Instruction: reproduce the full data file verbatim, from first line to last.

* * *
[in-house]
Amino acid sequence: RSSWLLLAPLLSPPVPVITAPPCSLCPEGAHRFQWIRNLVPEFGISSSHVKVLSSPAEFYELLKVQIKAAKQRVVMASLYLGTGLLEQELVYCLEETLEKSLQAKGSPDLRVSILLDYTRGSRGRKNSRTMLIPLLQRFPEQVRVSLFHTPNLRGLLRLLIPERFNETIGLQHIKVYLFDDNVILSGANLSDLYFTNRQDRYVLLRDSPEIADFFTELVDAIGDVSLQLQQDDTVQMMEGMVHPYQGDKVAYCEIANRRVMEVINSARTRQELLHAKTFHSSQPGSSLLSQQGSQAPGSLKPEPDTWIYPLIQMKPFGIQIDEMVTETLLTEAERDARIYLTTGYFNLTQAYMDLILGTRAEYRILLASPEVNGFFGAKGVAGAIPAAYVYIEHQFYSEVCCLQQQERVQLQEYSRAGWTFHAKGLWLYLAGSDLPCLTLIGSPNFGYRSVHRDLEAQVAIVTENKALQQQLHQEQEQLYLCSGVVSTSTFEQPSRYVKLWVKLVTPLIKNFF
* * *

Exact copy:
[in-house]
Amino acid sequence: RSSWLLLAPLLSPPVPVITAPPCSLCPEGAHRFQWIRNLVPEFGISSSHVKVLSSPAEFYELLKVQIKAAKQRVVMASLYLGTGLLEQELVYCLEETLEKSLQAKGSPDLRVSILLDYTRGSRGRKNSRTMLIPLLQRFPEQVRVSLFHTPNLRGLLRLLIPERFNETIGLQHIKVYLFDDNVILSGANLSDLYFTNRQDRYVLLRDSPEIADFFTELVDAIGDVSLQLQQDDTVQMMEGMVHPYQGDKVAYCEIANRRVMEVINSARTRQELLHAKTFHSSQPGSSLLSQQGSQAPGSLKPEPDTWIYPLIQMKPFGIQIDEMVTETLLTEAERDARIYLTTGYFNLTQAYMDLILGTRAEYRILLASPEVNGFFGAKGVAGAIPAAYVYIEHQFYSEVCCLQQQERVQLQEYSRAGWTFHAKGLWLYLAGSDLPCLTLIGSPNFGYRSVHRDLEAQVAIVTENKALQQQLHQEQEQLYLCSGVVSTSTFEQPSRYVKLWVKLVTPLIKNFF